Well we did it. I can't believe we did it! They say that everyone should climb Mt. Fuji once and the window for climbing it is just July and August. So, despite having done not a lick of exercise all summer long, we got out our hiking boots and headed to "Fuji-san". The proper way to climb it, we were told, is to to start in the evening and aim to be at the top for sunrise. So we boarded a bus in Shinjuku at about 7pm and watched the sun set as we left Tokyo.
The mountain is divided up into 10 stations, with the first station at the bottom and the 10th at the top. Buses take you as far up as the 5th station. There are few different routes that I think merge together at around the 8th. After loading up on some snacks at Kawaguchiko 5th Station, we set out on our way. There were no other people around when we started, and there is a brief downhill at the beginning, so I was convinced we were going the wrong way. Finally we saw this sign just as the terrain turned steep and all doubt was erased.
Oh good, just 320 minutes to go.
We decided to go for it all in one push, but another option is to stay at one of these small cabins along the way, get some sleep and head out early in the morning. This one has vacancy and goes for about $60 per person. Many of these huts also sell ramen, candy bars, beer and bottled oxygen, with an increasing mark-up the higher you get. We didn't need most of the offerings, but we did splurge and get a cup of top ramen at about the 7th station. That may have been the best top ramen I have ever had.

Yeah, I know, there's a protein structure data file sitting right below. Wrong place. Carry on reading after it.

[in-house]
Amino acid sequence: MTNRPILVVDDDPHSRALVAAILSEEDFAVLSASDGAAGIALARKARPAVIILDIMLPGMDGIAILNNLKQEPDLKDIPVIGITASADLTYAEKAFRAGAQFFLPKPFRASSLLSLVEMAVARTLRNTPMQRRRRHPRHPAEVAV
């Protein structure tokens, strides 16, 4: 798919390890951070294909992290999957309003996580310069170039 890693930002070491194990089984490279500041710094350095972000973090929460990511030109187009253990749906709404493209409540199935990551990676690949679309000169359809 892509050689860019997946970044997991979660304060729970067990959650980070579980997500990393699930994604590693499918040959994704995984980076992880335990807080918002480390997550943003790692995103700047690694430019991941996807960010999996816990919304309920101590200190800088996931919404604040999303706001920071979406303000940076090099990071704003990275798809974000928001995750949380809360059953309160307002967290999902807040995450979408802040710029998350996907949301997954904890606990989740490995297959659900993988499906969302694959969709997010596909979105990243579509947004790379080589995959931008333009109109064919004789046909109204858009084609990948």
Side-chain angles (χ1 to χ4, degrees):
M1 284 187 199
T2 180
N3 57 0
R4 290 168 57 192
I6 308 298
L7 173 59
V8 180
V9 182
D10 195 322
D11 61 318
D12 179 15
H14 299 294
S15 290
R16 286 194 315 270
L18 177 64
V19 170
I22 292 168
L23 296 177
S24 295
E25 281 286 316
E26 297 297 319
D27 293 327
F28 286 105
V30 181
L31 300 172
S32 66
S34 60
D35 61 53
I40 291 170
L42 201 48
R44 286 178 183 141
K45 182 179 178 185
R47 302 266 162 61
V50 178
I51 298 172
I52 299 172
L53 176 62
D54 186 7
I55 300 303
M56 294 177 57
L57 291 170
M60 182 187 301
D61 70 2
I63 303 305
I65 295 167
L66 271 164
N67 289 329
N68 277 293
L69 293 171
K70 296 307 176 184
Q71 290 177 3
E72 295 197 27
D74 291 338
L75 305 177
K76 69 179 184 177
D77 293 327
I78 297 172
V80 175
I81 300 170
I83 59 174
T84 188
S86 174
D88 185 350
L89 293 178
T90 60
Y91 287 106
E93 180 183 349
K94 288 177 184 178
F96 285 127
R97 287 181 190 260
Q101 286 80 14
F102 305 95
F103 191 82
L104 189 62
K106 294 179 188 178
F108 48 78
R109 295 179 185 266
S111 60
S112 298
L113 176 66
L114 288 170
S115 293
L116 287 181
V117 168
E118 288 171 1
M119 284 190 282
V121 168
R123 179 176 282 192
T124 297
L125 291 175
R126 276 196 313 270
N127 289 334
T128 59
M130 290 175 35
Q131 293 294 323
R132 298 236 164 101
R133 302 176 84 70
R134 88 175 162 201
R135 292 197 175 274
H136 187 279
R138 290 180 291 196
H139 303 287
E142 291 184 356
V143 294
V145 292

A torii marks the way to the 8th station. This is when it started to get pretty crowded. Despite going on a weekday, we still met up with a lot of other climbers, every one of us trying to summit before sunrise.
And finally to the top. We got there at about 3:30 am, so had a little time to sit around before sunrise. People started to stir and get their cameras ready at the first glimpse of light.
There was actually quite a settlement up at the top. In the buildings there behind Ryan, there were bathrooms and coffee vendors, and ....
...restaurants that sell noodles and other hot treats (it was really really cold up there).
You could also get your walking stick branded. Here's a video.
Then it was time to trek down the never ending switchbacks of scree.
Right around the 6th station, folks had set up a bunch of cairns that gave the impression of being on the surface of the moon. Very freaky on the way up in the dark.
And here it is from the bottom. Well, this is one of the false peaks anyway. It's a long way up there. I can see now why people start the hike in the middle of the night. Not for the temperature or for the sunrise on the peak, but because if you saw what a slog it was going to be before you started, you might not actually go through with it.